Memes are defined by Heidi Huntington in her article “Pepper Spray Cop and the American Dream” as “still images that are appropriated from popular culture and news media and remixed by individuals to include additional textual or visual commentary” (qtd. from Milner, 2013). These images mixed with words are especially powerful because their adaptation of popular culture to comment on social issues is condensed in time and space: memes are concentrated messages that index meaning. Design is not just a compilation of “‘visual tricks’ that may give poorly thought out writing an appealing wrapper,” (411) as quoted by Cheryl Ball from Megan Sapnar. The meme’s design is integral to understanding its meaning and use in social practice.
In Kathleen Blake Yancey’s article from 2004, “Made Not Only in Words: Composition in a New Key,” she calls for greater visual and screen literacy, real-world genre writing, and teachers acting as a gateway for students learning how to compose with new media. Yancey also describes literacy as deictic, constantly and rapidly changing with new tech. Yancey is especially excited by “the ability of someone to take a given technology and find a use for it that may be at odds with its design” (319). This ability is shown when social media users create and deploy memes to attempt to promote a particular view of the world.
However, because of the meme’s limitations, this power is not wielded in ways that promote considered reflection on an issue. In fact, as visual enthymemes, memes usually provide the “key points of an argument while leaving the conclusion of the argument unstated” (Huntington, 80). The audience is expected to come to the standard conclusion because of commonly held values and cultural norms that are cued by the visuals and text. In the “Energy Poverty” timeline, the unstated conclusion is that global warming has a timeline and that human actions to reduce carbon emissions by using renewable sources of energy (despite their high cost) will result in failure.
The success or failure of the action portrayed in a meme is often framed in terms of a binary fail/win situation, in which the success of the meme depends on the fact that there is no middle ground possible when evaluating the attendant meaning. The result is humorous because it shows the ultimate failure of humans to avoid their own self-destruction because of concerns about money. But by representing the progression as inevitable, changing course is pictured as impossible, and so developing renewable energy appears futile.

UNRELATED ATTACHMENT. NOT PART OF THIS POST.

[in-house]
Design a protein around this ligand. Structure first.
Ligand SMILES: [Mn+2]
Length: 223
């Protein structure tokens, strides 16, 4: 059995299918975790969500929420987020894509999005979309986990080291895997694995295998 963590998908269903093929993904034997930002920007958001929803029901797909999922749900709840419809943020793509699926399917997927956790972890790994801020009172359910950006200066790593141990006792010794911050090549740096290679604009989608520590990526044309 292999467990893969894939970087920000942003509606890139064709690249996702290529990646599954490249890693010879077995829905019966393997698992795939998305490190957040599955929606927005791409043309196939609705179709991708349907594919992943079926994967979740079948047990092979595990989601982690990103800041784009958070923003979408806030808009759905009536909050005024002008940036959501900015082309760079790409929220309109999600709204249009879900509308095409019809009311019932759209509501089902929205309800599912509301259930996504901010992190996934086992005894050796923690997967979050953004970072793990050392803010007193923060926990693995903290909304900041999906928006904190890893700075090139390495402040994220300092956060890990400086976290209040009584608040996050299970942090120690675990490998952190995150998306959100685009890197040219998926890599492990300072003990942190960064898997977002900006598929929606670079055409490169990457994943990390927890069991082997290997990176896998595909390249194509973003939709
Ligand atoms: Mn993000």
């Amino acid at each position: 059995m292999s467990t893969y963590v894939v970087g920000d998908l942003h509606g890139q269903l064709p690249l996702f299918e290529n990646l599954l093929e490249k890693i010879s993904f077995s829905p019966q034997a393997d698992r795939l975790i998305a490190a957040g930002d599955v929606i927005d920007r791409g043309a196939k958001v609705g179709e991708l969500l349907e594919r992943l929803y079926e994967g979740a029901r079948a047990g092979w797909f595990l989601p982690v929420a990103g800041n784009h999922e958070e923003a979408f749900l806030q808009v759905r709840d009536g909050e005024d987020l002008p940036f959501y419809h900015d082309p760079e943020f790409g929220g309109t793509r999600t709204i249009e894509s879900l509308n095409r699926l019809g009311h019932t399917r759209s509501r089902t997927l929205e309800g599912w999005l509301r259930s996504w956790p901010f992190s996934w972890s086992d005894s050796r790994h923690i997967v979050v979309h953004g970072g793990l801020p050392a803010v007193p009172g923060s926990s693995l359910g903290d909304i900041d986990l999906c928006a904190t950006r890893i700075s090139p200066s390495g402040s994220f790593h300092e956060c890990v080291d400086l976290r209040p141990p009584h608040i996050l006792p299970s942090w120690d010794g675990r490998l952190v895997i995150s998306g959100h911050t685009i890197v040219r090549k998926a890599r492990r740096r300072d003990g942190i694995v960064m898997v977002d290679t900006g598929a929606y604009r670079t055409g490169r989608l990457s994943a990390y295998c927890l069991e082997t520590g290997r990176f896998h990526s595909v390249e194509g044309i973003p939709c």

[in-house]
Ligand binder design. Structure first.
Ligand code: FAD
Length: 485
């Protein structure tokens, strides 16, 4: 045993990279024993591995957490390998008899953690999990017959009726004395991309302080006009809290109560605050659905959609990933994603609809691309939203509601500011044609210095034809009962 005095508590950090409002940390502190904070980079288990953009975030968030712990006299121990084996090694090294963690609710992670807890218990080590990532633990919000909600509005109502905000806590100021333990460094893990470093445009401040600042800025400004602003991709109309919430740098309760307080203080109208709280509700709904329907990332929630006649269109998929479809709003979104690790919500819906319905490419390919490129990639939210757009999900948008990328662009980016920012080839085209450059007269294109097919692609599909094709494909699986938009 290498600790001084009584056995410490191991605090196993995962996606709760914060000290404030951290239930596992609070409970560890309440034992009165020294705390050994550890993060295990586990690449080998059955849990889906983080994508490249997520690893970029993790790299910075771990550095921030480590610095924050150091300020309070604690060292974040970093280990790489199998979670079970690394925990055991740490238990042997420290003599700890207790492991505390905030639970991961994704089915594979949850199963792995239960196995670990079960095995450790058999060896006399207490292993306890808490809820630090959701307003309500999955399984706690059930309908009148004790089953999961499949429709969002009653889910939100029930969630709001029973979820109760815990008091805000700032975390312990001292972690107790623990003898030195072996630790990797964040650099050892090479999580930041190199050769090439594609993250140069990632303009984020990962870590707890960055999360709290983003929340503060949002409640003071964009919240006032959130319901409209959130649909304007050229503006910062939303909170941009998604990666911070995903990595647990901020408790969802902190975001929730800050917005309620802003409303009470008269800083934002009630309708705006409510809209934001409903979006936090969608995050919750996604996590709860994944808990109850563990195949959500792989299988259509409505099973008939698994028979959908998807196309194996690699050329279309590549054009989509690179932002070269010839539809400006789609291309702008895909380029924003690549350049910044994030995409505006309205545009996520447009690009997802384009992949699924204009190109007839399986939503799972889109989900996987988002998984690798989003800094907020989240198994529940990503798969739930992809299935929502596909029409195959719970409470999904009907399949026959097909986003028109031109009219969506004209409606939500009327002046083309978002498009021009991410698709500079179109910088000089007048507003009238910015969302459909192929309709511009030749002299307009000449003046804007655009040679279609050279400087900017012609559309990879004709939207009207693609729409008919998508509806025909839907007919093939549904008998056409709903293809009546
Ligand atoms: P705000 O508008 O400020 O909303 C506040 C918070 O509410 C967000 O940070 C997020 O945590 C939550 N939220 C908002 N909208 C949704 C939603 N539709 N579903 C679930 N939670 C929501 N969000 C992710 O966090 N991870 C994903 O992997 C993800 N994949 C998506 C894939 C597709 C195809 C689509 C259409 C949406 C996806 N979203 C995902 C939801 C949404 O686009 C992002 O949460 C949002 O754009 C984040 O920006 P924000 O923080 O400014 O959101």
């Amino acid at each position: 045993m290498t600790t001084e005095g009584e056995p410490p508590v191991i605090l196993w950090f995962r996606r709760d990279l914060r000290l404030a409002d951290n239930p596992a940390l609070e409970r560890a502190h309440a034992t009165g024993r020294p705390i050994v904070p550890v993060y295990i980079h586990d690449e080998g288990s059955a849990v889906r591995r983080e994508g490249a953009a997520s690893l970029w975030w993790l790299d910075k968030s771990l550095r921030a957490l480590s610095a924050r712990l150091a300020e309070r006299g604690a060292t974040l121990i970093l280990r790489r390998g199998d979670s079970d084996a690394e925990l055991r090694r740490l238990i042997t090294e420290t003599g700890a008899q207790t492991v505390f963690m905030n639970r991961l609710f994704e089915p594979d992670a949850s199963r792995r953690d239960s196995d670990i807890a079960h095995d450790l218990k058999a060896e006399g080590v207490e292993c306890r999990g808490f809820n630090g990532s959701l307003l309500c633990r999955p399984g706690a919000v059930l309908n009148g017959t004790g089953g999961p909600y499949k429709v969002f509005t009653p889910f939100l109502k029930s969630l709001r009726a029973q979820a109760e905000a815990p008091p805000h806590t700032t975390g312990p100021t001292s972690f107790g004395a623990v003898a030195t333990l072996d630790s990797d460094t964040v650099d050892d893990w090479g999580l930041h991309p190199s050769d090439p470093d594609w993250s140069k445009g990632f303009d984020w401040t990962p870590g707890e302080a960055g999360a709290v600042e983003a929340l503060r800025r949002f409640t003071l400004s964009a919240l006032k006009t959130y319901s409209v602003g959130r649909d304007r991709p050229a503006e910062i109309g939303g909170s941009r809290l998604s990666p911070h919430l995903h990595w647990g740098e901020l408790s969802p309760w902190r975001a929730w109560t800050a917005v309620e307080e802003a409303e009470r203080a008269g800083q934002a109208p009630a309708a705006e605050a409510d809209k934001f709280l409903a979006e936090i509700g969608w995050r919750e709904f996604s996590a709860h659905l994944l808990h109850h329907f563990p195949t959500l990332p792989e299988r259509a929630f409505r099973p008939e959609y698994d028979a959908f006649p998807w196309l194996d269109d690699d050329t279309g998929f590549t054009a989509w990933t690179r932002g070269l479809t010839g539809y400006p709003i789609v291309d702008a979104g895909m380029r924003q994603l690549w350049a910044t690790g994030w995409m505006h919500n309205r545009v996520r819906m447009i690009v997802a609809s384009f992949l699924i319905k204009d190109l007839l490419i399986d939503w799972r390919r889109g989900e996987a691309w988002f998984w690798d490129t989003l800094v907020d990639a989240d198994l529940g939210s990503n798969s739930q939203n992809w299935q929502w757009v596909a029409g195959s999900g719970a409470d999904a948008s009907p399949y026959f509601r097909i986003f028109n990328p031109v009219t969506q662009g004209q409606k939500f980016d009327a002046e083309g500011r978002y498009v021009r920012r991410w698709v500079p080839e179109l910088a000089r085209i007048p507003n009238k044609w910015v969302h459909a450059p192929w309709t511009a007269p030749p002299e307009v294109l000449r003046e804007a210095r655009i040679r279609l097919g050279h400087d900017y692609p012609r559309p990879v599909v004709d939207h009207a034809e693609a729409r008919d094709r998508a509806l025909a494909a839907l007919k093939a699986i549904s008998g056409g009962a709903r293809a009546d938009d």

In the “Only in America…” meme, Americans (portrayed as “we,” including the author of the meme and the audience in one unified group) are characterized as trusting a rodent on Groundhog Day to predict the weather while refusing to trust scientific proof of climate change. While this meme is funny and the audience is led to think, “oh, that is so true…” it also acts to compare climate scientists to rodents. In addition, by characterizing Americans as superstitious believers in a common tradition, which is much more acceptable and comforting to think about than the dire consequences of climate change, the conversation about possible actions to mitigate the problem is completely avoided. We are instead reminded of the movie Groundhog Day, and how the main character perpetually relives the same day, never making any progress or finding resolution (until he is finally selfless enough to earn the love of his intended).
During the circulation and replication of memes, the words and attendant meaning are often changed over successive iterations. Subsequent versions of memes still carry pieces of the original meaning, especially when viewed as a sequence through time on social media, but these meanings can also be inverted and used for purposes not originally intended by the originating author. In a way, memes develop a life of their own. Richard Dawkins coined the term meme in Chapter 11 of his 1976 book The Selfish Gene, where he warns that “What we have not previously considered is that a cultural trait may have evolved in the way that it has, simply because it is advantageous to itself.”